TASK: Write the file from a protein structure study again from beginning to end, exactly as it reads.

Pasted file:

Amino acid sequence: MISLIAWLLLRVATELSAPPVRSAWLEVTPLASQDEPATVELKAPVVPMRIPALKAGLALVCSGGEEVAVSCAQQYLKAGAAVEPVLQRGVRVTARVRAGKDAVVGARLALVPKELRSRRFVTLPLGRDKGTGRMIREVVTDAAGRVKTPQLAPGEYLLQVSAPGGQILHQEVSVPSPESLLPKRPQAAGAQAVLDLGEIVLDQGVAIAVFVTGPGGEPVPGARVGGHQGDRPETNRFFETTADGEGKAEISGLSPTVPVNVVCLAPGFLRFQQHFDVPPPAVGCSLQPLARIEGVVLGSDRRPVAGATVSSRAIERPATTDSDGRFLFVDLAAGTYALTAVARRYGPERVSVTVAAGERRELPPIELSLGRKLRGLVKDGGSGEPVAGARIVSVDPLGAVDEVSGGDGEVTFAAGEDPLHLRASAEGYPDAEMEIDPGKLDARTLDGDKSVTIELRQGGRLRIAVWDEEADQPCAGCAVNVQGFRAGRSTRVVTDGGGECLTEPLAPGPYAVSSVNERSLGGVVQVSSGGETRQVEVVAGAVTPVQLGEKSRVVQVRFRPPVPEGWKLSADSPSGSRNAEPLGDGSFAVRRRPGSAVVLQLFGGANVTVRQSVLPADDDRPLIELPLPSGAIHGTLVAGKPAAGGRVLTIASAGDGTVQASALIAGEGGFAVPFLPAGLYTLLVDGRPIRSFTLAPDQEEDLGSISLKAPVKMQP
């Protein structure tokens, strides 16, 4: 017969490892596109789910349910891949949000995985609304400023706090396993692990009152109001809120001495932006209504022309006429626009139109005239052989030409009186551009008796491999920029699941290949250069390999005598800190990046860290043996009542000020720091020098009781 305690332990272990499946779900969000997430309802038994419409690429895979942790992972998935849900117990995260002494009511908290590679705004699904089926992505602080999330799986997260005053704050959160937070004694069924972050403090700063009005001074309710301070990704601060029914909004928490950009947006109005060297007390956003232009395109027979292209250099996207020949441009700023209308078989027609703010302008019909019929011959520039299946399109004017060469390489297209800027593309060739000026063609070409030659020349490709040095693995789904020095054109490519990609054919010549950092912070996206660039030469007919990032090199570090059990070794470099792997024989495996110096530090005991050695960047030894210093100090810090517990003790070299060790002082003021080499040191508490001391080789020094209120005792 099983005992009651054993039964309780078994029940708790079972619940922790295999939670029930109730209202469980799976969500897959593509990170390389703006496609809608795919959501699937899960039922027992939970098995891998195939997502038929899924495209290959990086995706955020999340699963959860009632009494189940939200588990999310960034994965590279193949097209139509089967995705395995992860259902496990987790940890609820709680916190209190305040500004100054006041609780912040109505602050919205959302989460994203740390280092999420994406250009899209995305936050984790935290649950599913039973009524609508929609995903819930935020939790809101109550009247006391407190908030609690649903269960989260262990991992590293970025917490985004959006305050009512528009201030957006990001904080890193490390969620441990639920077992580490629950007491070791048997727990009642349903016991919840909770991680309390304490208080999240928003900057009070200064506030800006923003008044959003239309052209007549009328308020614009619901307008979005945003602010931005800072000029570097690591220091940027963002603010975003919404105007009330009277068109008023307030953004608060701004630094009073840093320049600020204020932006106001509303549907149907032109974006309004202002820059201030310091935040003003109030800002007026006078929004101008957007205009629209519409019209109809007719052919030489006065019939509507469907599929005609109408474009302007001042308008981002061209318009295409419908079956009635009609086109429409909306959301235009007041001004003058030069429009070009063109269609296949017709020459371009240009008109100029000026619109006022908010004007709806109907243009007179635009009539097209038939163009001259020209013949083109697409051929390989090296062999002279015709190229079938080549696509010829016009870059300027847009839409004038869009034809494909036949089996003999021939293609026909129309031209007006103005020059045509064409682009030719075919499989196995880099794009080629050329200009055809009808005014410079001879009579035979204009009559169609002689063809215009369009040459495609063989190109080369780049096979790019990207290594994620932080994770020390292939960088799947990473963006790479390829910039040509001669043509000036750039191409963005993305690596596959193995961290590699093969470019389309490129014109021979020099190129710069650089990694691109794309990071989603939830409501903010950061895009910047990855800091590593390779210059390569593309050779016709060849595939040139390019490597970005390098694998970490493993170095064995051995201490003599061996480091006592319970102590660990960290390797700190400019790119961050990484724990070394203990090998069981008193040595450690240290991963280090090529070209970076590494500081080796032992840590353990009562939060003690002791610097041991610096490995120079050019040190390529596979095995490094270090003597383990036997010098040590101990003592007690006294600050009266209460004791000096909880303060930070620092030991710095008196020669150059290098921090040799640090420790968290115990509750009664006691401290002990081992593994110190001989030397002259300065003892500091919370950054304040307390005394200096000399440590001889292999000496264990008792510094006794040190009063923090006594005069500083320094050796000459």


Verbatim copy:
Amino acid sequence: MISLIAWLLLRVATELSAPPVRSAWLEVTPLASQDEPATVELKAPVVPMRIPALKAGLALVCSGGEEVAVSCAQQYLKAGAAVEPVLQRGVRVTARVRAGKDAVVGARLALVPKELRSRRFVTLPLGRDKGTGRMIREVVTDAAGRVKTPQLAPGEYLLQVSAPGGQILHQEVSVPSPESLLPKRPQAAGAQAVLDLGEIVLDQGVAIAVFVTGPGGEPVPGARVGGHQGDRPETNRFFETTADGEGKAEISGLSPTVPVNVVCLAPGFLRFQQHFDVPPPAVGCSLQPLARIEGVVLGSDRRPVAGATVSSRAIERPATTDSDGRFLFVDLAAGTYALTAVARRYGPERVSVTVAAGERRELPPIELSLGRKLRGLVKDGGSGEPVAGARIVSVDPLGAVDEVSGGDGEVTFAAGEDPLHLRASAEGYPDAEMEIDPGKLDARTLDGDKSVTIELRQGGRLRIAVWDEEADQPCAGCAVNVQGFRAGRSTRVVTDGGGECLTEPLAPGPYAVSSVNERSLGGVVQVSSGGETRQVEVVAGAVTPVQLGEKSRVVQVRFRPPVPEGWKLSADSPSGSRNAEPLGDGSFAVRRRPGSAVVLQLFGGANVTVRQSVLPADDDRPLIELPLPSGAIHGTLVAGKPAAGGRVLTIASAGDGTVQASALIAGEGGFAVPFLPAGLYTLLVDGRPIRSFTLAPDQEEDLGSISLKAPVKMQP
């Protein structure tokens, strides 16, 4: 017969490892596109789910349910891949949000995985609304400023706090396993692990009152109001809120001495932006209504022309006429626009139109005239052989030409009186551009008796491999920029699941290949250069390999005598800190990046860290043996009542000020720091020098009781 305690332990272990499946779900969000997430309802038994419409690429895979942790992972998935849900117990995260002494009511908290590679705004699904089926992505602080999330799986997260005053704050959160937070004694069924972050403090700063009005001074309710301070990704601060029914909004928490950009947006109005060297007390956003232009395109027979292209250099996207020949441009700023209308078989027609703010302008019909019929011959520039299946399109004017060469390489297209800027593309060739000026063609070409030659020349490709040095693995789904020095054109490519990609054919010549950092912070996206660039030469007919990032090199570090059990070794470099792997024989495996110096530090005991050695960047030894210093100090810090517990003790070299060790002082003021080499040191508490001391080789020094209120005792 099983005992009651054993039964309780078994029940708790079972619940922790295999939670029930109730209202469980799976969500897959593509990170390389703006496609809608795919959501699937899960039922027992939970098995891998195939997502038929899924495209290959990086995706955020999340699963959860009632009494189940939200588990999310960034994965590279193949097209139509089967995705395995992860259902496990987790940890609820709680916190209190305040500004100054006041609780912040109505602050919205959302989460994203740390280092999420994406250009899209995305936050984790935290649950599913039973009524609508929609995903819930935020939790809101109550009247006391407190908030609690649903269960989260262990991992590293970025917490985004959006305050009512528009201030957006990001904080890193490390969620441990639920077992580490629950007491070791048997727990009642349903016991919840909770991680309390304490208080999240928003900057009070200064506030800006923003008044959003239309052209007549009328308020614009619901307008979005945003602010931005800072000029570097690591220091940027963002603010975003919404105007009330009277068109008023307030953004608060701004630094009073840093320049600020204020932006106001509303549907149907032109974006309004202002820059201030310091935040003003109030800002007026006078929004101008957007205009629209519409019209109809007719052919030489006065019939509507469907599929005609109408474009302007001042308008981002061209318009295409419908079956009635009609086109429409909306959301235009007041001004003058030069429009070009063109269609296949017709020459371009240009008109100029000026619109006022908010004007709806109907243009007179635009009539097209038939163009001259020209013949083109697409051929390989090296062999002279015709190229079938080549696509010829016009870059300027847009839409004038869009034809494909036949089996003999021939293609026909129309031209007006103005020059045509064409682009030719075919499989196995880099794009080629050329200009055809009808005014410079001879009579035979204009009559169609002689063809215009369009040459495609063989190109080369780049096979790019990207290594994620932080994770020390292939960088799947990473963006790479390829910039040509001669043509000036750039191409963005993305690596596959193995961290590699093969470019389309490129014109021979020099190129710069650089990694691109794309990071989603939830409501903010950061895009910047990855800091590593390779210059390569593309050779016709060849595939040139390019490597970005390098694998970490493993170095064995051995201490003599061996480091006592319970102590660990960290390797700190400019790119961050990484724990070394203990090998069981008193040595450690240290991963280090090529070209970076590494500081080796032992840590353990009562939060003690002791610097041991610096490995120079050019040190390529596979095995490094270090003597383990036997010098040590101990003592007690006294600050009266209460004791000096909880303060930070620092030991710095008196020669150059290098921090040799640090420790968290115990509750009664006691401290002990081992593994110190001989030397002259300065003892500091919370950054304040307390005394200096000399440590001889292999000496264990008792510094006794040190009063923090006594005069500083320094050796000459």